Change will not work unless it is owned and led by clinical teams. This requires a gradual negotiated approach as advocated by TQM/CQI, which will be enhanced by support from clinical opinion leaders. Although TQM/CQI has had more success in gaining clinical ownership than re-engineering, clinicians have been sceptical about the sweeping claims of many quality improvement techniques imported from the private sector and have used their professional autonomy to resist. Equally, the evidence suggests that strong senior leadership (clinical and managerial) is needed to support front line teams, remove obstacles, and negotiate horizontal cross-boundary relationships if quality improvement is to have any deep and lasting effect.
Change has to be manageable: testing incremental improvements is a safe way to learn about redesign and foster a more receptive culture. But redesign also needs lateral thinking which looks beyond existing processes and addresses whole systems, otherwise incremental improvements are likely to remain small scale with little impact on the wider organisation. Here, the “blank sheet” approach of re-engineering which challenges traditional assumptions has much to offer. Again, senior leadership is likely to be key to keeping an eye on the big picture and ensuring smaller improvements are consistent with the overall direction, but it is important that this is top level vision and navigation rather than top down imposition. Trying to retain this radical vision is perhaps one of the most serious challenges for redesign; at present, many initiatives described as redesign do not in fact look very different from simple CQI projects.
Early successes help gain interest and acceptance—innovations are more likely to succeed when people can see demonstrable benefits.28 However, policy makers need to recognise that ambitions for radical overnight transformation are unrealistic and that change takes time:
Clinical and managerial staff need dedicated time set aside.
Individuals and organisations need time to learn, to reflect, and to implement.
Cultural change—to a new way of thinking—is a long evolutionary process.
(4) Redesign must be demystified: much of it is common sense, accessible to all, and not the preserve of a few initiates. The tendency for each new quality improvement theory to generate its own jargon and esoteric knowledge must be resisted if clinicians are to become involved effectively. But the change in thinking and the facilitation skills needed require a major investment in training and development. Developing enough people of the right calibre at all levels will be a major task. If redesign is to be a primary vehicle for change, development needs to encompass top level leaders, not just isolated change teams working against the current. A particular challenge will be to ensure that training stresses the need to engage and learn from patients themselves at all stages of redesign.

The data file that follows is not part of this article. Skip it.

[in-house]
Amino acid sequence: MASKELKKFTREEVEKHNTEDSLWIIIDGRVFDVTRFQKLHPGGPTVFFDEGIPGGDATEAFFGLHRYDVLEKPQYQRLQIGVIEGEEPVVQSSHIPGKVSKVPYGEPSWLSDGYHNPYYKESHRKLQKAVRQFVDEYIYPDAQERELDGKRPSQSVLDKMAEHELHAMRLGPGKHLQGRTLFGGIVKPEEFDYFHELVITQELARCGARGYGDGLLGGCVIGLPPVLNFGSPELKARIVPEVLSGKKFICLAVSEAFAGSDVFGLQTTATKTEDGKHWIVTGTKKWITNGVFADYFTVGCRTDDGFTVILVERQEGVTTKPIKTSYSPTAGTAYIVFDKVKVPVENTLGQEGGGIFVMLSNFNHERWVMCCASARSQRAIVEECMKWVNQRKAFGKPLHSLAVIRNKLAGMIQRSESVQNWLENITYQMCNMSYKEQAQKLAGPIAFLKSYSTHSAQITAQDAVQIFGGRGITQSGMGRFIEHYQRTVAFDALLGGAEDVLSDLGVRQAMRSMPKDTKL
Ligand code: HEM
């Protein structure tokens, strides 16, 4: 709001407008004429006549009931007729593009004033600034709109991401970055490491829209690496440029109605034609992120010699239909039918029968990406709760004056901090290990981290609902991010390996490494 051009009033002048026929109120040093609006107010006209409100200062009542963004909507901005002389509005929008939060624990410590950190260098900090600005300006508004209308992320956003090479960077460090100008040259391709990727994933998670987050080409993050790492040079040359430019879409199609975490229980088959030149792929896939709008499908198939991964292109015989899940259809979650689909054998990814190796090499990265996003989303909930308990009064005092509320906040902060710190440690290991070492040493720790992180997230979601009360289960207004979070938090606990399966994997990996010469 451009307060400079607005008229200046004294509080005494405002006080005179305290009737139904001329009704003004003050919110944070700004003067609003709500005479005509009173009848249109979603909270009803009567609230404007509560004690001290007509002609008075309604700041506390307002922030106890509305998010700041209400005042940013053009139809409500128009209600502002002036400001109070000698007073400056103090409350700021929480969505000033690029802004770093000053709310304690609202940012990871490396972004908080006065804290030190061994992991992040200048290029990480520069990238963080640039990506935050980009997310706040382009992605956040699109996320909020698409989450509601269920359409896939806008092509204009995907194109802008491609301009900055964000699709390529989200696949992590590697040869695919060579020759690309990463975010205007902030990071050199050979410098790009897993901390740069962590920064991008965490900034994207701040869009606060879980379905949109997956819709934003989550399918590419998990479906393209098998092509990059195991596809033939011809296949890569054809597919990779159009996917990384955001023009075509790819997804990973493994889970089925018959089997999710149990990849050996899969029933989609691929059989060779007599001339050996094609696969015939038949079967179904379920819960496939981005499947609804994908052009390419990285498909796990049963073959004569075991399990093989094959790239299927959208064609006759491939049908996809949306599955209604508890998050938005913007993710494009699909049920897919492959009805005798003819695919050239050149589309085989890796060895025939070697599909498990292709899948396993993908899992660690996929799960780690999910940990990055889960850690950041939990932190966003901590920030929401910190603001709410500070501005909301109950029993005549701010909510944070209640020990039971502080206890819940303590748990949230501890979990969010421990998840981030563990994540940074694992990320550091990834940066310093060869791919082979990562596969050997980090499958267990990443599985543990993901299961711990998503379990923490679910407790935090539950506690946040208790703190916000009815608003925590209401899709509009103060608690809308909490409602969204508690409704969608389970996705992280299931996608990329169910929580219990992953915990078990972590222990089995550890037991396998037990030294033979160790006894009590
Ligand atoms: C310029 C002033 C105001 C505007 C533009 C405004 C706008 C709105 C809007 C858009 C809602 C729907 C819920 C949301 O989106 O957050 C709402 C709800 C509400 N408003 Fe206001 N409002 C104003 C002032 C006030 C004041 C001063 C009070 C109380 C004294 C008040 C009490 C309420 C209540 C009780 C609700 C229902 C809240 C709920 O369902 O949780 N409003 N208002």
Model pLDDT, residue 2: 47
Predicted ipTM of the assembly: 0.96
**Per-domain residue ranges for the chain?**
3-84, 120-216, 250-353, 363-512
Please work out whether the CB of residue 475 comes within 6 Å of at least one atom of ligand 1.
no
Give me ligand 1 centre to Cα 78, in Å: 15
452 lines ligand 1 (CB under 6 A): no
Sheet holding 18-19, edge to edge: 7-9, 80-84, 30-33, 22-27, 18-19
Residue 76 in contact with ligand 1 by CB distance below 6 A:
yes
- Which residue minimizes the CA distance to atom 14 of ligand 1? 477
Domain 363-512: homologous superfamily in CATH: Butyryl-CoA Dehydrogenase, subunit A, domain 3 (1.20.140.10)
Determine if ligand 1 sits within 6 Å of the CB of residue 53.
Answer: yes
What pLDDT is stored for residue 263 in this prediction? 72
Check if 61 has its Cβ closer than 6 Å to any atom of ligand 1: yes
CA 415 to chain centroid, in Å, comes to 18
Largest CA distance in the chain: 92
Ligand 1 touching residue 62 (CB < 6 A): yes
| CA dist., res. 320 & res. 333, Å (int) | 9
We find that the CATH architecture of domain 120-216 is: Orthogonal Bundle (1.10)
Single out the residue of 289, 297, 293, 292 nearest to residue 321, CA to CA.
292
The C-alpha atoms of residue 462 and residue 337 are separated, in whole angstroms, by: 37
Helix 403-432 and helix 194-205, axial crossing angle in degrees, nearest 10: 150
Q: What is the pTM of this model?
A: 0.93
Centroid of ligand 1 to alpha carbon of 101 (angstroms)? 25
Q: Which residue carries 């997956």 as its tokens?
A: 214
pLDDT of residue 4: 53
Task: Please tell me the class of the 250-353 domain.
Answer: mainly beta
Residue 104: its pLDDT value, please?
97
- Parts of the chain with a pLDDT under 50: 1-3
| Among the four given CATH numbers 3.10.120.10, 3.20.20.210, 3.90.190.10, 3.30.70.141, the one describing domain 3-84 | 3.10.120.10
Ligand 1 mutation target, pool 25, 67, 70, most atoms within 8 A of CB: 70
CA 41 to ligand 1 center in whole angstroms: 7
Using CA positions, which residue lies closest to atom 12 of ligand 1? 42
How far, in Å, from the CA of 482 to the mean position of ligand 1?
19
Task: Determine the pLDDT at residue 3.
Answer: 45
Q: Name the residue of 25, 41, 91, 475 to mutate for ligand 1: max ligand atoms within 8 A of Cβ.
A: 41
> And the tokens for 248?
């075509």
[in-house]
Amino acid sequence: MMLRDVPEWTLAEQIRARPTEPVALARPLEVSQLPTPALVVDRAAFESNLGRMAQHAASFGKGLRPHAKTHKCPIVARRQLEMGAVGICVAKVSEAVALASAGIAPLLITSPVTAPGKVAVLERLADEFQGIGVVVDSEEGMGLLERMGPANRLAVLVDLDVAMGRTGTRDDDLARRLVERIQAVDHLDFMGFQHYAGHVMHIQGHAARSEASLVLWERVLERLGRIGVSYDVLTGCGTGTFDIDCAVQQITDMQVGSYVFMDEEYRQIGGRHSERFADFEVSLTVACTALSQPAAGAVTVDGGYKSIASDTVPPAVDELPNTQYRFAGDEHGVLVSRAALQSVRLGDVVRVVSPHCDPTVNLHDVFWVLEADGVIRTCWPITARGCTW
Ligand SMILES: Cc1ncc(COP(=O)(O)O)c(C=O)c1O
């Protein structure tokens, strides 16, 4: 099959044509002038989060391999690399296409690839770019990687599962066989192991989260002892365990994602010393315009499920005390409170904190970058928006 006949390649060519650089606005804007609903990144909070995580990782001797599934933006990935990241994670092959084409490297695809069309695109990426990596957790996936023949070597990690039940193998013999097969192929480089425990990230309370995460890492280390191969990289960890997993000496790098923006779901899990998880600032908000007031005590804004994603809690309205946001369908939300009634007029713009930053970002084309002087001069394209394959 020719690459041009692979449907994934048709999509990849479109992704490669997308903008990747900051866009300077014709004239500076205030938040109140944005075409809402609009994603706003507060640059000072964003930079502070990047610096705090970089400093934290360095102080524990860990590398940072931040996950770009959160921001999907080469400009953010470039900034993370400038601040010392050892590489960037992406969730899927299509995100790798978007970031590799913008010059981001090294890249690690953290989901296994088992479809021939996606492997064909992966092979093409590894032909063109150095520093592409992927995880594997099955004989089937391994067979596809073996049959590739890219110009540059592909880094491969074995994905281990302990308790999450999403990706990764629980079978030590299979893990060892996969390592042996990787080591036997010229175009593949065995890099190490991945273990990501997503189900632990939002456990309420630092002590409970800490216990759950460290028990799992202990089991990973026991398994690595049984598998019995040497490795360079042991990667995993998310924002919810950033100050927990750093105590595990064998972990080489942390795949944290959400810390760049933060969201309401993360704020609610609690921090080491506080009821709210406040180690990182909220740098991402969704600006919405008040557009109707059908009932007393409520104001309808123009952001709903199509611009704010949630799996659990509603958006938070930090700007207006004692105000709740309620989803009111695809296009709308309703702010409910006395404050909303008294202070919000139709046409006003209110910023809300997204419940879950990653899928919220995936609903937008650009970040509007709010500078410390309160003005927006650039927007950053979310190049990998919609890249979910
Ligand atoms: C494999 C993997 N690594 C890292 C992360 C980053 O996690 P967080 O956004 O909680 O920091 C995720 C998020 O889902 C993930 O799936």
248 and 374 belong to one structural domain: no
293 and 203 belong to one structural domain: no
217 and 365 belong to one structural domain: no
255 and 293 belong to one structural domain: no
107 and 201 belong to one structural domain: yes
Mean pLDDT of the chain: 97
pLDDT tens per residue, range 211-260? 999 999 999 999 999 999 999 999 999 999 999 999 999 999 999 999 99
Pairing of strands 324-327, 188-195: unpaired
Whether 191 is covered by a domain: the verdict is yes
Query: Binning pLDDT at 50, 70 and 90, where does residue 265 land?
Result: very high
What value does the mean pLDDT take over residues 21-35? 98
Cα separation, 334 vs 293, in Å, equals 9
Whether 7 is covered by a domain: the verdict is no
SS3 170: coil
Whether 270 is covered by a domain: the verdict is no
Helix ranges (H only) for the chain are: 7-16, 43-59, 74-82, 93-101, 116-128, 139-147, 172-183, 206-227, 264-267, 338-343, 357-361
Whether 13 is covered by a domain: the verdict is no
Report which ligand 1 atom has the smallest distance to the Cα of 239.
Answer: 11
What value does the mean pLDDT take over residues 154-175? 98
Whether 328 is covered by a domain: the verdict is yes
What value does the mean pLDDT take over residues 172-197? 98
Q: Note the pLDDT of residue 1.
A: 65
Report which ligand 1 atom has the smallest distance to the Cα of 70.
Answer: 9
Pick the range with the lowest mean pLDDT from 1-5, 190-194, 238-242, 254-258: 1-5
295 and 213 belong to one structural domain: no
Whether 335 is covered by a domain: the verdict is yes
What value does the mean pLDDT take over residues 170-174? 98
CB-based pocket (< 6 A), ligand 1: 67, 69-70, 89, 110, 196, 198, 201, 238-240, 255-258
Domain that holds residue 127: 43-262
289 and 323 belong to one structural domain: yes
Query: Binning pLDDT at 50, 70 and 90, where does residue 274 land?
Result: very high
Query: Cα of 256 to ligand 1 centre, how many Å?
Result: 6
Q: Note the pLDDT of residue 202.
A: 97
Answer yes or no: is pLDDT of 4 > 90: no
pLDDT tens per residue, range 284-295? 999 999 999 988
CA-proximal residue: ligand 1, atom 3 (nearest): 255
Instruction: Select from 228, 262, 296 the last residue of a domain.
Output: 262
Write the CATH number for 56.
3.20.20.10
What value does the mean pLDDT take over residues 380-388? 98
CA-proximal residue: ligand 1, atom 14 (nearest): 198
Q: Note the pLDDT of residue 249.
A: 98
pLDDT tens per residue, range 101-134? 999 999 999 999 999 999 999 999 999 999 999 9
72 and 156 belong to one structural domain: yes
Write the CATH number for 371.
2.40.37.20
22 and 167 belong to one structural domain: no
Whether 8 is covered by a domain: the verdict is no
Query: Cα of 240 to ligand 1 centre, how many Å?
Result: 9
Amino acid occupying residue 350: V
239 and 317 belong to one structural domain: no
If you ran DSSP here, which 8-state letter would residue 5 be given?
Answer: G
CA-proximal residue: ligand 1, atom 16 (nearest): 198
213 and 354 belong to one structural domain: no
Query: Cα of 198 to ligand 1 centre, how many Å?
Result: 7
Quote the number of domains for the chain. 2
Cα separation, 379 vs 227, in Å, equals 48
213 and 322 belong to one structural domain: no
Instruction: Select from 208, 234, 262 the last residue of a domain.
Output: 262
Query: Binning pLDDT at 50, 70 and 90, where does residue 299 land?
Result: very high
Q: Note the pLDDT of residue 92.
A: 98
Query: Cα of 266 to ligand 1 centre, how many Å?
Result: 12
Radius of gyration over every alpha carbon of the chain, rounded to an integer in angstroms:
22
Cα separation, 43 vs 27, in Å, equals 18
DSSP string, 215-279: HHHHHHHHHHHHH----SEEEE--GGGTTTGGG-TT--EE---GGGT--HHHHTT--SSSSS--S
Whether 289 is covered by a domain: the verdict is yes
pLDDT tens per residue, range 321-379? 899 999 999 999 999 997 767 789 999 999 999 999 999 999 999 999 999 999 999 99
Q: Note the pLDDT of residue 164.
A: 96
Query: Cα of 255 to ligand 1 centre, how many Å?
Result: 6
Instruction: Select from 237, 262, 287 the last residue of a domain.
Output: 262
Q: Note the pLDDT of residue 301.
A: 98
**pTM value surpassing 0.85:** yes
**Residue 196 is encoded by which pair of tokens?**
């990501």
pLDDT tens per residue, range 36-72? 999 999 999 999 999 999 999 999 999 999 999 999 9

Perhaps one of the most difficult challenges facing redesign is managing the weight of political expectation. As Walshe and Freeman29 have recently argued, the evidence suggests that most quality improvement interventions work some of the time, but rarely live up to the dramatic claims made for them in their early stages. Success is contingent upon multiple factors, including the manner of implementation in each setting and specific local contextual factors. Redesign faces the same issues of achieving change in a highly complex professionalised organisation as other quality improvement techniques. Although it seeks to learn from past evidence, there can be no guarantee that it will fare dramatically better. Indeed, emerging findings on the first wave of some UK redesign initiatives suggest a similar pattern of quality improvements being achieved but not being as extensive as hoped.30–32
Walshe and Freeman29 argue for careful research into quality improvement initiatives, but suggest that research which looks only at whether they work will probably just reiterate the findings that their impact is very variable and their effectiveness mixed. Research which examines how and why they work in some cases is likely to be more productive, and it is important that such research should influence the further development of redesign initiatives. However, redesign faces the very real danger that its success in convincing politicians it can turn health care around will be followed by disappointment and rejection when the gains prove to be more modest than expected.
Redesigning health care has become an international preoccupation.
Redesign draws on a number of quality improvement approaches, notably TQM/CQI and re-engineering.
It seeks to learn from past experience of both approaches, and to balance the more gradual negotiated approach of TQM/CQI with the organisation-wide lateral thinking of re-engineering.
Redesign has generated high political expectations, but faces the same issues of achieving change in a complex professionalised organisation as other quality improvement techniques.